Content warning: This article discusses domestic and family violence.
Brodie Hart is often the first point of contact for women seeking support and legal advice in Canberra.
She is a senior paralegal, managing the Advice and Intake Line at the Women’s Legal Centre ACT, while completing her final year of a Bachelor of Laws at the University of Canberra.
Brodie explains that her work involves determining whether the centre can help and making referrals, if necessary, as well as drafting legal documents and letters.
It has also exposed her to the heartbreaking challenges faced by women trying to navigate the legal system.
“Most of the women we speak to have experienced or are experiencing domestic and family violence,” Brodie says.
Brodie says family and domestic violence, workplace rights and visa issues due to relationship breakdowns, are the most common legal challenges that come through the intake line.
“Some of the things that you hear on the line and have to put into writing can be very confronting, but the work is very rewarding. I’m lucky to work in a supportive place, where our mental health and wellbeing is very well looked after,” Brodie says.
Brodie started working as a paralegal before she applied to study at UC and as she heads towards the finish line, she is reflecting on balancing work and study.
“Everyone’s been really accommodating at UC, especially in my final year. The teaching staff know that students are working, whether it’s full-time, part-time, or casual. Even things like recorded tutorials, tutorials after hours and recorded lectures mean I don’t feel as though I’ve missed anything, and I can catch up on things in my own time,” she says.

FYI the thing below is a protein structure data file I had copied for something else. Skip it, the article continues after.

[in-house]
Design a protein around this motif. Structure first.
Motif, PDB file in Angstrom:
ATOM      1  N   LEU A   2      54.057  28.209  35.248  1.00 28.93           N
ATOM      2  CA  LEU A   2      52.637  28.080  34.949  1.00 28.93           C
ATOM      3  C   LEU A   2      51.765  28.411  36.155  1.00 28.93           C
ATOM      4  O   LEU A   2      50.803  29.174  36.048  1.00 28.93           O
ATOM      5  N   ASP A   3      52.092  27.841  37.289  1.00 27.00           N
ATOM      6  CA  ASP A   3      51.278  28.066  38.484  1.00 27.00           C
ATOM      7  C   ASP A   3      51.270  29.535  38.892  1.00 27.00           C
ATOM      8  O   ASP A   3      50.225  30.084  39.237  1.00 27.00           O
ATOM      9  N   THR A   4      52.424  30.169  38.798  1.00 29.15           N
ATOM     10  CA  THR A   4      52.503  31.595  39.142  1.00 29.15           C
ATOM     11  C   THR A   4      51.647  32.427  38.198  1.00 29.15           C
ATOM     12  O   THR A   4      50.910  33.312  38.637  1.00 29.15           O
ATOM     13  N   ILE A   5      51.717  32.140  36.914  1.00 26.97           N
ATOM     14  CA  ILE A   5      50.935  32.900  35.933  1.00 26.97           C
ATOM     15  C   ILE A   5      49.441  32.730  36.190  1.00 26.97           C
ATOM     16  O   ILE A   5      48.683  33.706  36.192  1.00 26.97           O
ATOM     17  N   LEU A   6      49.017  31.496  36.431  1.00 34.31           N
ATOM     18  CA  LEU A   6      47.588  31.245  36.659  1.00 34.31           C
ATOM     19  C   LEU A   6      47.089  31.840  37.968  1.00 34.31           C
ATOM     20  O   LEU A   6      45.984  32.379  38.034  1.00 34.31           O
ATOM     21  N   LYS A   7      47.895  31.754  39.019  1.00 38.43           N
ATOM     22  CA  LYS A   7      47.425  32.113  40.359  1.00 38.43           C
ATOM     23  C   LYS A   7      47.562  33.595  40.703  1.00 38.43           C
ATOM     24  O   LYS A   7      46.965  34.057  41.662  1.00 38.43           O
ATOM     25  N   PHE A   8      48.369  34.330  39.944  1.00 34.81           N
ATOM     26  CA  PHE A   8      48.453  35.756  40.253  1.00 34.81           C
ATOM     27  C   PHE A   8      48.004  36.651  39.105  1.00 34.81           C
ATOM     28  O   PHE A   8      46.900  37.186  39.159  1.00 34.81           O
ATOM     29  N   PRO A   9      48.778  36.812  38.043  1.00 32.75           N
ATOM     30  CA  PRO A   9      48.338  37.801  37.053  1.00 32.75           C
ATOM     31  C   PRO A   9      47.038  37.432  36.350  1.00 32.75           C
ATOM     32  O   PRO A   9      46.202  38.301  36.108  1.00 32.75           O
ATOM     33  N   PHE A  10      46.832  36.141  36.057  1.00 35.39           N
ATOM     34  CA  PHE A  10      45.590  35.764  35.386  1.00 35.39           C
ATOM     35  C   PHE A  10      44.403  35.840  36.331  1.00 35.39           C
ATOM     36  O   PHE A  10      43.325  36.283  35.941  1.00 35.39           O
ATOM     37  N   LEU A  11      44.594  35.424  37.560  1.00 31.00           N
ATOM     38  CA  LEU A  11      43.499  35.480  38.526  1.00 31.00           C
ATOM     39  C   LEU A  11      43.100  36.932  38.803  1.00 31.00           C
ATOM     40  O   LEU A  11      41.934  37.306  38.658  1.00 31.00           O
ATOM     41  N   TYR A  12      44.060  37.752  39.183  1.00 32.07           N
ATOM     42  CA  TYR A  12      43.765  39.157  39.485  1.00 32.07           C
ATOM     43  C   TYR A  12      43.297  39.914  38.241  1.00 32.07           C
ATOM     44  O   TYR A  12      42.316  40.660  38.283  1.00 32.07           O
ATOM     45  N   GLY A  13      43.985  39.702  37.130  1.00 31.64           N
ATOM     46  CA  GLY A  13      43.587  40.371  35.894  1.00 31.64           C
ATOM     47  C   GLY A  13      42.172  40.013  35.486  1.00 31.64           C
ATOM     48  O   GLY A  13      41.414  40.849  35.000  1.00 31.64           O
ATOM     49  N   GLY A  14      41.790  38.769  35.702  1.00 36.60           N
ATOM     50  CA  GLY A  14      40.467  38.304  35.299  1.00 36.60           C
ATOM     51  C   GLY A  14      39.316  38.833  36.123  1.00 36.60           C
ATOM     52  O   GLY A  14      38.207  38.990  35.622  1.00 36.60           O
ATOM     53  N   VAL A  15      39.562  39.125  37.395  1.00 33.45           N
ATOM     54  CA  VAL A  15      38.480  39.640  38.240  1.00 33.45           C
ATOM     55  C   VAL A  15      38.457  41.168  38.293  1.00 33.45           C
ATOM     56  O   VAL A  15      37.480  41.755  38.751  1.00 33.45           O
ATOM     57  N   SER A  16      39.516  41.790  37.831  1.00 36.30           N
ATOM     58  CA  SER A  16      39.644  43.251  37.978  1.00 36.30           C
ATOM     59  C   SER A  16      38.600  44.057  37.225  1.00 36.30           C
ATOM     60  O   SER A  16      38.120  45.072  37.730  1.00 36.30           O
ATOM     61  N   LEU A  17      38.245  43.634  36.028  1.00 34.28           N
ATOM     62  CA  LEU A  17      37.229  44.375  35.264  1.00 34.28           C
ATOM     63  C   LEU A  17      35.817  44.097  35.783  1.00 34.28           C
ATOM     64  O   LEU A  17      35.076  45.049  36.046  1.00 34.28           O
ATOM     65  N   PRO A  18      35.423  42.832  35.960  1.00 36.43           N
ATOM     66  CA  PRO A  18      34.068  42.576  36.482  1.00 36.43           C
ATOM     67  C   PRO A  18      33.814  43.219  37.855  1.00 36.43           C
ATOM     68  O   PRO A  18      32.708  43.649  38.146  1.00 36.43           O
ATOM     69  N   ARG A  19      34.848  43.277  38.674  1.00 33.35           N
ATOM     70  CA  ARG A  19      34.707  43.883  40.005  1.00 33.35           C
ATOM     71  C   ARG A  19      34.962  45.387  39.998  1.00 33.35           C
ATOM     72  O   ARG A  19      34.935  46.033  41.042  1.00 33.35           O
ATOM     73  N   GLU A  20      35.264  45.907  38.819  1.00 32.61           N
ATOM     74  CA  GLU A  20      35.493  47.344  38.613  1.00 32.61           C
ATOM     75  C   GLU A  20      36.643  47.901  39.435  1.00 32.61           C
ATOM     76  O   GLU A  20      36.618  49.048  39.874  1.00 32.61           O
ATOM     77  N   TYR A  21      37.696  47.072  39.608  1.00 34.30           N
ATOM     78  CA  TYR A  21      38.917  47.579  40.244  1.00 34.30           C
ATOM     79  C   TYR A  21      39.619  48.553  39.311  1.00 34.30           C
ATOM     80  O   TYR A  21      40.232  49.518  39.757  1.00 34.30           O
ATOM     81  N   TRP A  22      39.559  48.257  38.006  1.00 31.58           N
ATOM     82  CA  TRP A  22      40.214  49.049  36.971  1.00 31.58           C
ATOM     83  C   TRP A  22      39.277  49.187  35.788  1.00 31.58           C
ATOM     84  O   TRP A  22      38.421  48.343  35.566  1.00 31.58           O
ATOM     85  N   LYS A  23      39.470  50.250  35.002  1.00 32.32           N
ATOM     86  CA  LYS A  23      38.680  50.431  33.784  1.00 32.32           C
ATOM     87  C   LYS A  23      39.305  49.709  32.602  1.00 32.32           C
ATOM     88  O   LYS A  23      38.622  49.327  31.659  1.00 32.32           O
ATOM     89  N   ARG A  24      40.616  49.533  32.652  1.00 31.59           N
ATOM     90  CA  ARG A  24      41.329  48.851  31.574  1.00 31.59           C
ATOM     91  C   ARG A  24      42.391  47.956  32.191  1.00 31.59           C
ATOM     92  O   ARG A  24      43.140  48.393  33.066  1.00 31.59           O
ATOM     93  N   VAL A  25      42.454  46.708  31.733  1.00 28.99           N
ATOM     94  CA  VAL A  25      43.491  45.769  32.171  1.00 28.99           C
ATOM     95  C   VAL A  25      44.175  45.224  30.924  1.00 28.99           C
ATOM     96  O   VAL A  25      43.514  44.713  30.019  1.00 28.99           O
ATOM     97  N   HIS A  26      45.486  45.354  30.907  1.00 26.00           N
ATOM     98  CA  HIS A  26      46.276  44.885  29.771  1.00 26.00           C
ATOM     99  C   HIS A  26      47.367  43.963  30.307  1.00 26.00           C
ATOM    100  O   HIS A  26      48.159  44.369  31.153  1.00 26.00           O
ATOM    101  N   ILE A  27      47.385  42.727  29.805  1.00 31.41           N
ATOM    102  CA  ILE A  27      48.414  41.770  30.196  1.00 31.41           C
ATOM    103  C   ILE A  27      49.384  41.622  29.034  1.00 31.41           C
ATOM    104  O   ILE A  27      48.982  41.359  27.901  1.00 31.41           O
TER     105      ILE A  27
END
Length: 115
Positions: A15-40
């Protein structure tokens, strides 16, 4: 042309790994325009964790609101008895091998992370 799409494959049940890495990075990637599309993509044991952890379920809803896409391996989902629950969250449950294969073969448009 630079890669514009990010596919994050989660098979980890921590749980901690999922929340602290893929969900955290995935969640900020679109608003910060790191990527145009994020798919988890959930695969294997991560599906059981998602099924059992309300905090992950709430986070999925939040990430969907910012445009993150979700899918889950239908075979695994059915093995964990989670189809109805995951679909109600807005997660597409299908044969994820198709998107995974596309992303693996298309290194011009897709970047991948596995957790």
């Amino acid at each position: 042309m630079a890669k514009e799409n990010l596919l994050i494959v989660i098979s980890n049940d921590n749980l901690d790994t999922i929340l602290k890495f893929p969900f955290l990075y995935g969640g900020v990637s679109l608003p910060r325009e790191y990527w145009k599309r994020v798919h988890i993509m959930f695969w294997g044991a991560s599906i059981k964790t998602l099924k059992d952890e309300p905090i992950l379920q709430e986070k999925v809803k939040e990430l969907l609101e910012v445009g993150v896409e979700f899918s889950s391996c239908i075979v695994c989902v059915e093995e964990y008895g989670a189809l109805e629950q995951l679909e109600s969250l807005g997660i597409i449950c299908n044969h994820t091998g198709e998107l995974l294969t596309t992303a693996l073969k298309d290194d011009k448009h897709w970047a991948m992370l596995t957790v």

Her dedication to the Women’s Legal Centre earned her a surprise nomination as one of the nation’s top paralegals.
She was named a runner-up by legal software firm Smokeball, at the National Secretary’s Day 2022 Awards on 6 May.
“The head of our family law practice, Sarah Milson-Mahy nominated me, and I’m completely honoured to be recognised because I work with incredibly smart, capable and efficient women,” Brodie says.
Brodie’s interest in law started during her childhood in the country, growing up in the central New South Wales town of Cowra.
“My Nan ran a women’s rest centre in Cowra and so you’d see a lot of people coming in to use the bathroom and she made cups of tea and cake and things like that. Sometimes the Legal Aid lawyers from other towns would bring their clients there, as it’s more dignified than sitting on the court steps,” she says.
Her observations sparked an interest in how the law affects people and how it can be more accessible.
“The legal system can be intimidating and when most people are dealing with the law, it’s probably at one of the worst times in their lives,” she says.
After finishing high school, Brodie relocated from Cowra to Canberra, becoming the first person in her family to study law at university.
When she graduates from UC, her goal is to practise in either criminal or family law.
“I think family law has won my heart now, thanks to my involvement with the Women’s Legal Centre. It’s equally about the law and what’s in legislation and how that all works, but also practical solutions, to make people’s lives better and to make separation and parenting arrangements and things like that more manageable for everyone,” Brodie says.
“I’m very grateful to my workplace and to UC, they’ve both really helped me build my skills. I feel like my studies have helped me in work, and work has helped me in my studies – and it’s just all helped me to see the practical side of law and how it works.”
It seems like Canberra has won her over too.
“I really like it here and I love my job. My plan was always to go back to Cowra to practise law, but for now I’m definitely staying in Canberra.”
Words and photo by Emma Larouche.